4. This language is remarkably similar to Smiles’s praise of the “careful employment of those invaluable fragments of time, called ‘odd moments,’” which, when collected, result in self-help figures producing similarly capacious volumes of writing: “Daguesseau, one of the great Chancellors of France, by carefully working up his odd bits of time, wrote a bulky and able volume in the successive intervals of waiting for dinner; and Madame de Genlis composed several of her charming volumes while waiting for the princess to whom she gave her daily lessons” (119). In measuring his time by the number of words he could produce, and his years in the number of volumes yielded, Trollope closely mirrors both the lessons and the language of self-help’s greatest popularizer.
  5. It is worth noting that Trollope’s self-help story has indeed managed to inspire emulation. Henry James remembers Trollope’s “magnificent example”: “It was once the fortune of the author of these lines to cross the Atlantic in his company, and he has never forgotten the magnificent example of plain persistence that it was in the power of the eminent novelist to give on that occasion” (98-9). And R.H. Super not only notes the didacticism inherent in Trollope’s description of his work ethic—he also uses it to inspire his own self-help regime: “And the advice of so prolific a novelist to all other authors that they should keep to a rigorous schedule is wholesome and useful: I myself had just read the Autobiography when I wrote my life of Walter Savage Landor many years ago, and I remained at my desk without cocktails or dinner until the day’s stint of pages had been typed” (79-80).
  6. Trollope dedicates much space in the Autobiography to his theory of writerly self-competition—almost as if this were an underground way of comparing himself to other authors. It seems significant, then, that An Autobiography is so frequently compared to Dickens. Robert D. Aguirre notes that both Dickens and Trollope portray themselves as lonely victims (569), and R.H. Super suggests that Trollope’s “decision to stress his own miseries at school” was “colored by his reading of Dickens’s story” (75). Peter Allen asserts that Trollope was indignant at Dickens’s portrayal of his parents in his autobiographical fragment, and that this led him to portray himself not as an unrecognized child prodigy, but rather as an ordinary child, who “never fancied myself to be a man of genius” (Allen 12). Kincaid in “Trollope’s Fictional Autobiography” offers the most extended comparison between Dickens’s biography and Trollope’s Autobiography, noting how both concentrate on their childhood desolation “to point the contrast between the outcast child and the successful adult and to build subtle psychological ties between their alienation and destitution and their subsequent industry and acceptance” (344). Comparisons of An Autobiography with David Copperfield also abound; Robert Tracy observes that it is exactly what Copperfield neglects to tell us about—his literary work—that we get an overabundance of in An Autobiography (284).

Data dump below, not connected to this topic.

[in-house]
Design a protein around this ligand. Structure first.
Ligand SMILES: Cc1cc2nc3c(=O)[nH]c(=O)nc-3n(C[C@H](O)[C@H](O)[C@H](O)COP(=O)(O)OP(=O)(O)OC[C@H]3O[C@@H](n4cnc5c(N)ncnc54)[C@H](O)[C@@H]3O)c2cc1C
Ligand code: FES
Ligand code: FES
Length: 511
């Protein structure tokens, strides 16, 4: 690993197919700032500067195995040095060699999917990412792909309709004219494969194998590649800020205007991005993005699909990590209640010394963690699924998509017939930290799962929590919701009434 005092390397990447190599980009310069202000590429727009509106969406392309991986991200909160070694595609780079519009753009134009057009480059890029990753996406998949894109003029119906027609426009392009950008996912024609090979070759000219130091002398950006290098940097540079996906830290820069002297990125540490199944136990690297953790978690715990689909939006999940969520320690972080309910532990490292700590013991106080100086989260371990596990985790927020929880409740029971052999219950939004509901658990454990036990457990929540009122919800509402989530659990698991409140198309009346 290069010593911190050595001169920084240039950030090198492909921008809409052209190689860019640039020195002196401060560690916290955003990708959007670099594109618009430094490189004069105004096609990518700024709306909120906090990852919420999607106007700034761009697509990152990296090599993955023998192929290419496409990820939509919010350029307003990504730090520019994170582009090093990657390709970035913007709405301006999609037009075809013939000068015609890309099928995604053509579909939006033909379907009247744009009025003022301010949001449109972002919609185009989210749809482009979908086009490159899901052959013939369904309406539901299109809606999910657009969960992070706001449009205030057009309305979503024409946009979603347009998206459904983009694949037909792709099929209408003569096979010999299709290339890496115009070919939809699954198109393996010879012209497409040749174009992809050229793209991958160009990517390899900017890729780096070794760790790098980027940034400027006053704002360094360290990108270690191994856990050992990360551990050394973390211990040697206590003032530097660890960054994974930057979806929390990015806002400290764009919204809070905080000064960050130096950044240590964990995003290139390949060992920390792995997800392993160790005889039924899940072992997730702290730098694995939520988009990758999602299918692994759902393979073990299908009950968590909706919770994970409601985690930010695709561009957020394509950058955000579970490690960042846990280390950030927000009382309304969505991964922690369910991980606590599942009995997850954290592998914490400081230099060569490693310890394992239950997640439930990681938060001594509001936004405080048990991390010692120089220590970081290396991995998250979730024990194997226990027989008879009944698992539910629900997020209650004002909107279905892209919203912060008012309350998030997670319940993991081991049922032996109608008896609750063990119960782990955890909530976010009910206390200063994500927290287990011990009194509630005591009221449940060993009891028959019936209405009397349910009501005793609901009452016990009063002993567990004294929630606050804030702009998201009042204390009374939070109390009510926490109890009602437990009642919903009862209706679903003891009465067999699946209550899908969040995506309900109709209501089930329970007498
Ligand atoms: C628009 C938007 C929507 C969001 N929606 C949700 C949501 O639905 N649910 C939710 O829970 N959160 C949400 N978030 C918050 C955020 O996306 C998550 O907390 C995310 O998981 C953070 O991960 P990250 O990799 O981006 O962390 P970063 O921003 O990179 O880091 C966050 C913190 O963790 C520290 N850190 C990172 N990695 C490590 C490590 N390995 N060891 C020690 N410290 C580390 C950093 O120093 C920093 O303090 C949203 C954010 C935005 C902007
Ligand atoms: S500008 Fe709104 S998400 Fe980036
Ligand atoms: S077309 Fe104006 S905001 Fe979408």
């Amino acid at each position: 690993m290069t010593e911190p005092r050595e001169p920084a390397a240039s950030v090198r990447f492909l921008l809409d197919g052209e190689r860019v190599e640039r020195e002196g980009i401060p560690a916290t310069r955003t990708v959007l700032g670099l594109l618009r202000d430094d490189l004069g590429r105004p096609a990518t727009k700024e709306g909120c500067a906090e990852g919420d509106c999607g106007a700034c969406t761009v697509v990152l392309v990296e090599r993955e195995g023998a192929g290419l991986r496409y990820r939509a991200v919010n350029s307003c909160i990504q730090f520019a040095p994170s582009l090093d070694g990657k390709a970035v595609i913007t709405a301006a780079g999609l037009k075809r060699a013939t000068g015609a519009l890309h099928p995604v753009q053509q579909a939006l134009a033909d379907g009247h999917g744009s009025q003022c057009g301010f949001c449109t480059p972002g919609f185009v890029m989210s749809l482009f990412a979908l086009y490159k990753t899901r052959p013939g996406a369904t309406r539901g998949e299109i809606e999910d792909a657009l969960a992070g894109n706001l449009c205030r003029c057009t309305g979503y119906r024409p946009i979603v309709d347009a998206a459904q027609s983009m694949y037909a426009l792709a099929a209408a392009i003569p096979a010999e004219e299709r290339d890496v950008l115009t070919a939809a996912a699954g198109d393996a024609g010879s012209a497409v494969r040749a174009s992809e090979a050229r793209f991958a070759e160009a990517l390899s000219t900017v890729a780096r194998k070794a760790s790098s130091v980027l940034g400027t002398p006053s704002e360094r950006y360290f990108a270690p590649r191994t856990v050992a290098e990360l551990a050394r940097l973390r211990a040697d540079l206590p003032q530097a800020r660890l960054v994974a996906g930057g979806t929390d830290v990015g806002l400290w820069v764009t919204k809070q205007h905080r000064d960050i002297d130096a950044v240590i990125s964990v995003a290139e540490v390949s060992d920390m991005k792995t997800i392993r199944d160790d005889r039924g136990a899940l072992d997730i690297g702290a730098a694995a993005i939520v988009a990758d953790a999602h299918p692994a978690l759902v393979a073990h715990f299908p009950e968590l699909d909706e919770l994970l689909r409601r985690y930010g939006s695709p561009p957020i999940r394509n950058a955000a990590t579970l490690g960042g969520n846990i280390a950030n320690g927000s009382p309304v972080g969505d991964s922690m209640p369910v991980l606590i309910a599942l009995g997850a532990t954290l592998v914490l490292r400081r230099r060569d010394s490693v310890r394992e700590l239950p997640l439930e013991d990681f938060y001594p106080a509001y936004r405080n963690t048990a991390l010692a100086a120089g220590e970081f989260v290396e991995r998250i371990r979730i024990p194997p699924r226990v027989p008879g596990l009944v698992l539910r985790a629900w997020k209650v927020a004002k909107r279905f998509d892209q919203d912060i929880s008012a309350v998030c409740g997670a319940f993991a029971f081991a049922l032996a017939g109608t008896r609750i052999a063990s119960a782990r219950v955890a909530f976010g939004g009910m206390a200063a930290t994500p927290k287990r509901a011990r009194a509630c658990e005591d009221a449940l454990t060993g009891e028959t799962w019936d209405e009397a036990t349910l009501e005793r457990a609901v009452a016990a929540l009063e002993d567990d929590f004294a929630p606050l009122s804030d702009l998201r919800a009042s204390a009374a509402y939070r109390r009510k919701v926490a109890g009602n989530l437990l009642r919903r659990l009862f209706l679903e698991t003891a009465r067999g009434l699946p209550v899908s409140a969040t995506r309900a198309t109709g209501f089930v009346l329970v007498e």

7. For more on Trollope’s anonymous publications, see Judith Knelman’s “Trollope’s Experiments with Anonymity.”
  8. Kant writes that the genius cannot trace his steps, as “he himself does not know how he came by the ideas for it; nor is it in his power {Gewalt} to devise such products at his pleasure, or by following a plan, and to communicate {his procedure} to others in precepts that would enable them to bring about like products” (175).
  9. Michael Sadleir early deemed it a “bad novel” (374), and James Kincaid has argued that, as good as the novel is, it “is only another false start” (Novels of Anthony Trollope 73). And yet, among his early novels, it was Trollope’s own favorite, and Elizabeth Barrett Browning considered it the best of his early works, telling Trollope’s sister-in-law that she was “wrung to tears by the third volume,” and that her husband, “who can seldom get a novel to hold him,” had been “held by all three {of Trollope’s novels} and by this the strongest” (Sadleir 196).
  10. See, for example, Jennifer Ruth’s Novel Professions: Interested Disinterest and the Making of the Professional in the Victorian Novel, Cathy Shuman’s Pedagogical Economies: The Examination and the Victorian Literary Man, and Nicholas Dames’s “Trollope and the Career: Vocational Trajectories and the Management of Ambition” in Victorian Studies.
  11. I also take this passage as representative in revealing the types of comparative language Trollope relies upon: we can easily track the total number of appearances that “more” and “equally” make in the text, but it is much more difficult to track the usage of phrases such as “slighter” or “so handsome.”
  12. The reforms were based on the Northcote-Trevelyan Report made in 1853.
  13. Trollope argues that, if “men were confident that they could rise in the Civil Service to be secretaries, under-secretaries, and commissioners; that they or their brethren in the Civil Service must so rise; that, by the law of the service, no one else could so rise—I think we may say that a sufficient amount of competency would be found” (Cornhill 227).